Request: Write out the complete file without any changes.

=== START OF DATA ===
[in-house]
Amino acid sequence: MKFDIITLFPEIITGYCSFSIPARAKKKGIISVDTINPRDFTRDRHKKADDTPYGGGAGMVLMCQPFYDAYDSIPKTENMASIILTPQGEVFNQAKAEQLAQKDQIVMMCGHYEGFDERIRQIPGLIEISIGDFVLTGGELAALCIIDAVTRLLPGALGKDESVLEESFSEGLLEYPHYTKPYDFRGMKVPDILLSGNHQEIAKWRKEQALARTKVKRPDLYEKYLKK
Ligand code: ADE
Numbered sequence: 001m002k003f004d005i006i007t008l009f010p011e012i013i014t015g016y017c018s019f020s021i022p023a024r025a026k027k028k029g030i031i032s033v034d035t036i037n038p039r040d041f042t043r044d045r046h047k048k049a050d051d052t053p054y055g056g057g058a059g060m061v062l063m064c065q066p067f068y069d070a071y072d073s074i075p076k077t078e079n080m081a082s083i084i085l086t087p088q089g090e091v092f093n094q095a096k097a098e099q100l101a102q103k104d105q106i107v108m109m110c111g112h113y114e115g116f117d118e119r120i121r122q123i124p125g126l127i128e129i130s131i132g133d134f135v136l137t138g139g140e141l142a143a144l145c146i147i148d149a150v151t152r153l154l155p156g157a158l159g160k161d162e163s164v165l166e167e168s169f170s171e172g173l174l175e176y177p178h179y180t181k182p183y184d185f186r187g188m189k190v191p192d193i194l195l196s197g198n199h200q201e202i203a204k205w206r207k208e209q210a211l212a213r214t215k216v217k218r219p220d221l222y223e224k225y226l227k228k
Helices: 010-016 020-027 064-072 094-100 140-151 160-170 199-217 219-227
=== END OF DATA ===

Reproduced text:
[in-house]
Amino acid sequence: MKFDIITLFPEIITGYCSFSIPARAKKKGIISVDTINPRDFTRDRHKKADDTPYGGGAGMVLMCQPFYDAYDSIPKTENMASIILTPQGEVFNQAKAEQLAQKDQIVMMCGHYEGFDERIRQIPGLIEISIGDFVLTGGELAALCIIDAVTRLLPGALGKDESVLEESFSEGLLEYPHYTKPYDFRGMKVPDILLSGNHQEIAKWRKEQALARTKVKRPDLYEKYLKK
Ligand code: ADE
Numbered sequence: 001m002k003f004d005i006i007t008l009f010p011e012i013i014t015g016y017c018s019f020s021i022p023a024r025a026k027k028k029g030i031i032s033v034d035t036i037n038p039r040d041f042t043r044d045r046h047k048k049a050d051d052t053p054y055g056g057g058a059g060m061v062l063m064c065q066p067f068y069d070a071y072d073s074i075p076k077t078e079n080m081a082s083i084i085l086t087p088q089g090e091v092f093n094q095a096k097a098e099q100l101a102q103k104d105q106i107v108m109m110c111g112h113y114e115g116f117d118e119r120i121r122q123i124p125g126l127i128e129i130s131i132g133d134f135v136l137t138g139g140e141l142a143a144l145c146i147i148d149a150v151t152r153l154l155p156g157a158l159g160k161d162e163s164v165l166e167e168s169f170s171e172g173l174l175e176y177p178h179y180t181k182p183y184d185f186r187g188m189k190v191p192d193i194l195l196s197g198n199h200q201e202i203a204k205w206r207k208e209q210a211l212a213r214t215k216v217k218r219p220d221l222y223e224k225y226l227k228k
Helices: 010-016 020-027 064-072 094-100 140-151 160-170 199-217 219-227